Associate Professor, Economics
426 Eggers Hall
Perry Singleton CV
Senior Research Associate, Center for Policy Research
Ph.D., University of Maryland, 2007
Public finance, health economics
ECN 496.001 Distinction Thesis in Economics II TU/TH, 12:30-1:50
ECN 820.001 Dissertation Workshop W, 3:45-6:30
Perry Singleton, Associate Professor of Economics, specializes in public, labor, and health economics. His research focuses on the effects of health on labor market outcomes, the economics of the family in relation to health, and the role of social insurance programs in the economy, including Social Security's old-age and disability insurance and the Department of Veterans Affair's Disability Compensation program. He is also interested in occupational safety and health in relation to labor market outcomes, firm productivity, technological development, and regulatory oversight. He has numerous published papers including in Economic Letters, Journal of Human Resources, and the National Tax Journal. More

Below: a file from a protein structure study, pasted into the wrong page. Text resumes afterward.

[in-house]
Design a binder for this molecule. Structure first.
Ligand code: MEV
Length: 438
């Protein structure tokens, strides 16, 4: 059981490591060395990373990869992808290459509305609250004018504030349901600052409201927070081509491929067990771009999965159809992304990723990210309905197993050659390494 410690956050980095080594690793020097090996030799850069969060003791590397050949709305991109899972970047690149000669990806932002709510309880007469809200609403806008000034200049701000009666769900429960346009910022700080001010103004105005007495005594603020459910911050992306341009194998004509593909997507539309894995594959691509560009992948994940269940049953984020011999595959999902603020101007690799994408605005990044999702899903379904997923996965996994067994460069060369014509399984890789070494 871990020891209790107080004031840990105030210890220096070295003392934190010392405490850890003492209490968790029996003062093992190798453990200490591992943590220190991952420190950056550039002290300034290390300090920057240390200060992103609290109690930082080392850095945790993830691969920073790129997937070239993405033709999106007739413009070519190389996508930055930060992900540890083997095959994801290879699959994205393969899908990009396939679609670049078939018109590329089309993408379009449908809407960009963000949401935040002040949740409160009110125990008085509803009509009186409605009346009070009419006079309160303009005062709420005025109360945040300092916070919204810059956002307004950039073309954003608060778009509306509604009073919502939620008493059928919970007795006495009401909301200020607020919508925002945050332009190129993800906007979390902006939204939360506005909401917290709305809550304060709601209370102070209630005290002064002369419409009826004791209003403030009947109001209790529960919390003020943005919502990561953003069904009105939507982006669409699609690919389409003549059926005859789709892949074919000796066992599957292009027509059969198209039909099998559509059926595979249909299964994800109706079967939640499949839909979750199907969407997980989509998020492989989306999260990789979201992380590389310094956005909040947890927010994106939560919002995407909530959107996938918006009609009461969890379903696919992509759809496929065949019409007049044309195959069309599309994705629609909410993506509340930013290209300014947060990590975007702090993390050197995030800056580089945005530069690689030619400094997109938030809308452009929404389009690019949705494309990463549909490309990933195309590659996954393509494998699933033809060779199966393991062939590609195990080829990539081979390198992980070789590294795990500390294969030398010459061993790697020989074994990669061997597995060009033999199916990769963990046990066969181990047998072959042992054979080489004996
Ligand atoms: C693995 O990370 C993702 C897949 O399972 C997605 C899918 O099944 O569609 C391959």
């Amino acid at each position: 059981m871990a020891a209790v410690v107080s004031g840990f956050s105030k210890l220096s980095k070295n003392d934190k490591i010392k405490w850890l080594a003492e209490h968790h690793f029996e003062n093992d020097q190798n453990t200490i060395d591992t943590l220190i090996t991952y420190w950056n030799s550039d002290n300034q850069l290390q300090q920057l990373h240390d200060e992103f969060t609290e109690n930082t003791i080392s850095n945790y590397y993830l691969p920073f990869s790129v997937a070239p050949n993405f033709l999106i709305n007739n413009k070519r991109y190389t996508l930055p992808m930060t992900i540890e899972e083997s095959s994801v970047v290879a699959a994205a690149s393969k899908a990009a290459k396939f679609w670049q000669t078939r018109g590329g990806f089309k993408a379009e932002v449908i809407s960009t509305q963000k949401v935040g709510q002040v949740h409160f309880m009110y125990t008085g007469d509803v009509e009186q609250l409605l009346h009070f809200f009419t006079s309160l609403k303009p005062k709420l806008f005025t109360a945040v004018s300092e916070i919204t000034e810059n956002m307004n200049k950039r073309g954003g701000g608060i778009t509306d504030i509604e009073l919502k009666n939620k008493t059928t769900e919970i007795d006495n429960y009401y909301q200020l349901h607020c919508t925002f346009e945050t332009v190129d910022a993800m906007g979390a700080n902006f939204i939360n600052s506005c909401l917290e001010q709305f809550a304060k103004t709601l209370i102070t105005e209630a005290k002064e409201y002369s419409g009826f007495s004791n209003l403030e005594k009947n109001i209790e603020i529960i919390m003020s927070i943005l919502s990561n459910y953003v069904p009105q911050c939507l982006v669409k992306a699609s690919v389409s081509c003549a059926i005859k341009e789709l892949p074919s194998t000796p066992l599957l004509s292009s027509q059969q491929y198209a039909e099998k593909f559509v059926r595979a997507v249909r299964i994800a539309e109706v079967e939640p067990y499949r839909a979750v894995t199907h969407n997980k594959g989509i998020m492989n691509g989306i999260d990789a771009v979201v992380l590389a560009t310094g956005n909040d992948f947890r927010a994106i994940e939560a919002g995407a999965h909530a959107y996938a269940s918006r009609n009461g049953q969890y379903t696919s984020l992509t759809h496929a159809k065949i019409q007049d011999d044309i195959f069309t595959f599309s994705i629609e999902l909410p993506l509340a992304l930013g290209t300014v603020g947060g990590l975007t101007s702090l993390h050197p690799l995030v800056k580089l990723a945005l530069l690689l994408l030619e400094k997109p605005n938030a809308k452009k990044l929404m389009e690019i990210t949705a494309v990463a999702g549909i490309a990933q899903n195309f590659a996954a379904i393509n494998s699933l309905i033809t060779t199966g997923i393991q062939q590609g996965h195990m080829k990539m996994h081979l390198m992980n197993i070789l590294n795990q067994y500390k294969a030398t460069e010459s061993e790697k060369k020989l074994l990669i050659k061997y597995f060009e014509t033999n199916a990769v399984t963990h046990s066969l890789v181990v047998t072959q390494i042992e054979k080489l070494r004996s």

Perry Singleton. 2012. “Insult to Injury: Disability, Earnings, and Divorce.” Journal of Human Resources.
Perry Singleton. 2012. “Earnings of Rejected Applicants to the Social Security Disability Insurance Program.” Economics Letters 116(2): 147-150.
Perry Singleton. 2011. “The Effect of Taxes on Taxable Earnings: Evidence from the 2001 and Related US Federal Tax Acts.” National Tax Journal 64(2, part 1): 323-352.
Mark Duggan, Perry Singleton, and Robert Rosenheck. 2010. “Federal Policy and the Rise in Disability Enrollment: Evidence for the VA’s Disability Compensation Program.” Journal of Law and Economics 53(2): 379-398.
Perry Singleton. 2009. “The Effect of Disability Insurance on Health Investment: Evidence from the Veterans Benefits Administration’s Disability Compensation Program.” Journal of Human Resources 44(4): 998-1022.
Perry Singleton, Mark Duggan and Jae Song. 2007. "Aching to Retire? The Rise in the Normal Retirement Age and its Impact on the Disability Rolls." Journal of Public Economics Volume 91.
Public Economics, Health Economics